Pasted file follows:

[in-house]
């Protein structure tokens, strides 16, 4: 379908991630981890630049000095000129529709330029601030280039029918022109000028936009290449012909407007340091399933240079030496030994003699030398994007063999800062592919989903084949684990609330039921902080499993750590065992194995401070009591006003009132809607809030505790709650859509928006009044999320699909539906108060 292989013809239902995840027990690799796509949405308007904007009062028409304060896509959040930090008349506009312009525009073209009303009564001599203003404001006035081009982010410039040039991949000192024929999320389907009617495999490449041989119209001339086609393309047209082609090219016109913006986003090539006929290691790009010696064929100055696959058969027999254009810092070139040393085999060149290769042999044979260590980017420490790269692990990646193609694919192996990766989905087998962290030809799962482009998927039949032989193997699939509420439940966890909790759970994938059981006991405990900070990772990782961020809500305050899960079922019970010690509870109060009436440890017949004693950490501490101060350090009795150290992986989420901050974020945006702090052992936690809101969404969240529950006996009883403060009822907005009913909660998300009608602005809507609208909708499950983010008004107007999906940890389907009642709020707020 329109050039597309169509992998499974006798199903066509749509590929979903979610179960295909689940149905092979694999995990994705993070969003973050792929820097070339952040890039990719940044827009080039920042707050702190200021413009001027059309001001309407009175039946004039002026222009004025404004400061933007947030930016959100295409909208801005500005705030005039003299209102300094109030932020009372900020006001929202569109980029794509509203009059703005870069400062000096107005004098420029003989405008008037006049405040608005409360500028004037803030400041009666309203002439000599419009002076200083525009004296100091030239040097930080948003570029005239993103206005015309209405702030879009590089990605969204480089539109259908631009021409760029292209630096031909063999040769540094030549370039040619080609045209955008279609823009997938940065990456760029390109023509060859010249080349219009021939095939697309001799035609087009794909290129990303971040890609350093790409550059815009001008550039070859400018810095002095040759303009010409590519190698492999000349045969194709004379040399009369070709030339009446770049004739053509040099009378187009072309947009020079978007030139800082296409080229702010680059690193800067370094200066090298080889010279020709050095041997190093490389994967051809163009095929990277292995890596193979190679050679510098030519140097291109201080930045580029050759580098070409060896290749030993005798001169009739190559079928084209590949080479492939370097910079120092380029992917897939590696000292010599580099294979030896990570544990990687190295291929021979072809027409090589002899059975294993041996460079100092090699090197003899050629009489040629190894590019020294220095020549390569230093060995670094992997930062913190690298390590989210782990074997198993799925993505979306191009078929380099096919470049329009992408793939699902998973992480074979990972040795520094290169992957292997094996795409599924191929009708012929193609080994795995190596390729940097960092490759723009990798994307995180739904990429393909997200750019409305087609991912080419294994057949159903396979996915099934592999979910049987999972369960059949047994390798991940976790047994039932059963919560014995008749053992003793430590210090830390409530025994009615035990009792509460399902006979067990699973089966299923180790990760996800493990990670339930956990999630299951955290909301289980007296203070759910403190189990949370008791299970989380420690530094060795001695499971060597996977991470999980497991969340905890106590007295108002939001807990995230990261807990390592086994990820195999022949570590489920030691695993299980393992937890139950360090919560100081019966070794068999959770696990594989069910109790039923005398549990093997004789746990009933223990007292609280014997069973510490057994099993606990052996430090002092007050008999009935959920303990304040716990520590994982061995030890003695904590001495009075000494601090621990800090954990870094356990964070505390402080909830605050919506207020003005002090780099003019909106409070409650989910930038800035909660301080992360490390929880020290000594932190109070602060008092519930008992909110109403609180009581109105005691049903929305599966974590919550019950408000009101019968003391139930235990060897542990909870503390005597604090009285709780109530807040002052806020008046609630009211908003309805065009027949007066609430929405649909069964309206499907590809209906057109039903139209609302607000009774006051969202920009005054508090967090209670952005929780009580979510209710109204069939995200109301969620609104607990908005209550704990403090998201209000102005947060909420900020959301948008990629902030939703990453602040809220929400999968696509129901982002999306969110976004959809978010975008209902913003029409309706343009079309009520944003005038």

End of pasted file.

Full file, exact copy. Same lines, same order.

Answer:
[in-house]
């Protein structure tokens, strides 16, 4: 379908991630981890630049000095000129529709330029601030280039029918022109000028936009290449012909407007340091399933240079030496030994003699030398994007063999800062592919989903084949684990609330039921902080499993750590065992194995401070009591006003009132809607809030505790709650859509928006009044999320699909539906108060 292989013809239902995840027990690799796509949405308007904007009062028409304060896509959040930090008349506009312009525009073209009303009564001599203003404001006035081009982010410039040039991949000192024929999320389907009617495999490449041989119209001339086609393309047209082609090219016109913006986003090539006929290691790009010696064929100055696959058969027999254009810092070139040393085999060149290769042999044979260590980017420490790269692990990646193609694919192996990766989905087998962290030809799962482009998927039949032989193997699939509420439940966890909790759970994938059981006991405990900070990772990782961020809500305050899960079922019970010690509870109060009436440890017949004693950490501490101060350090009795150290992986989420901050974020945006702090052992936690809101969404969240529950006996009883403060009822907005009913909660998300009608602005809507609208909708499950983010008004107007999906940890389907009642709020707020 329109050039597309169509992998499974006798199903066509749509590929979903979610179960295909689940149905092979694999995990994705993070969003973050792929820097070339952040890039990719940044827009080039920042707050702190200021413009001027059309001001309407009175039946004039002026222009004025404004400061933007947030930016959100295409909208801005500005705030005039003299209102300094109030932020009372900020006001929202569109980029794509509203009059703005870069400062000096107005004098420029003989405008008037006049405040608005409360500028004037803030400041009666309203002439000599419009002076200083525009004296100091030239040097930080948003570029005239993103206005015309209405702030879009590089990605969204480089539109259908631009021409760029292209630096031909063999040769540094030549370039040619080609045209955008279609823009997938940065990456760029390109023509060859010249080349219009021939095939697309001799035609087009794909290129990303971040890609350093790409550059815009001008550039070859400018810095002095040759303009010409590519190698492999000349045969194709004379040399009369070709030339009446770049004739053509040099009378187009072309947009020079978007030139800082296409080229702010680059690193800067370094200066090298080889010279020709050095041997190093490389994967051809163009095929990277292995890596193979190679050679510098030519140097291109201080930045580029050759580098070409060896290749030993005798001169009739190559079928084209590949080479492939370097910079120092380029992917897939590696000292010599580099294979030896990570544990990687190295291929021979072809027409090589002899059975294993041996460079100092090699090197003899050629009489040629190894590019020294220095020549390569230093060995670094992997930062913190690298390590989210782990074997198993799925993505979306191009078929380099096919470049329009992408793939699902998973992480074979990972040795520094290169992957292997094996795409599924191929009708012929193609080994795995190596390729940097960092490759723009990798994307995180739904990429393909997200750019409305087609991912080419294994057949159903396979996915099934592999979910049987999972369960059949047994390798991940976790047994039932059963919560014995008749053992003793430590210090830390409530025994009615035990009792509460399902006979067990699973089966299923180790990760996800493990990670339930956990999630299951955290909301289980007296203070759910403190189990949370008791299970989380420690530094060795001695499971060597996977991470999980497991969340905890106590007295108002939001807990995230990261807990390592086994990820195999022949570590489920030691695993299980393992937890139950360090919560100081019966070794068999959770696990594989069910109790039923005398549990093997004789746990009933223990007292609280014997069973510490057994099993606990052996430090002092007050008999009935959920303990304040716990520590994982061995030890003695904590001495009075000494601090621990800090954990870094356990964070505390402080909830605050919506207020003005002090780099003019909106409070409650989910930038800035909660301080992360490390929880020290000594932190109070602060008092519930008992909110109403609180009581109105005691049903929305599966974590919550019950408000009101019968003391139930235990060897542990909870503390005597604090009285709780109530807040002052806020008046609630009211908003309805065009027949007066609430929405649909069964309206499907590809209906057109039903139209609302607000009774006051969202920009005054508090967090209670952005929780009580979510209710109204069939995200109301969620609104607990908005209550704990403090998201209000102005947060909420900020959301948008990629902030939703990453602040809220929400999968696509129901982002999306969110976004959809978010975008209902913003029409309706343009079309009520944003005038």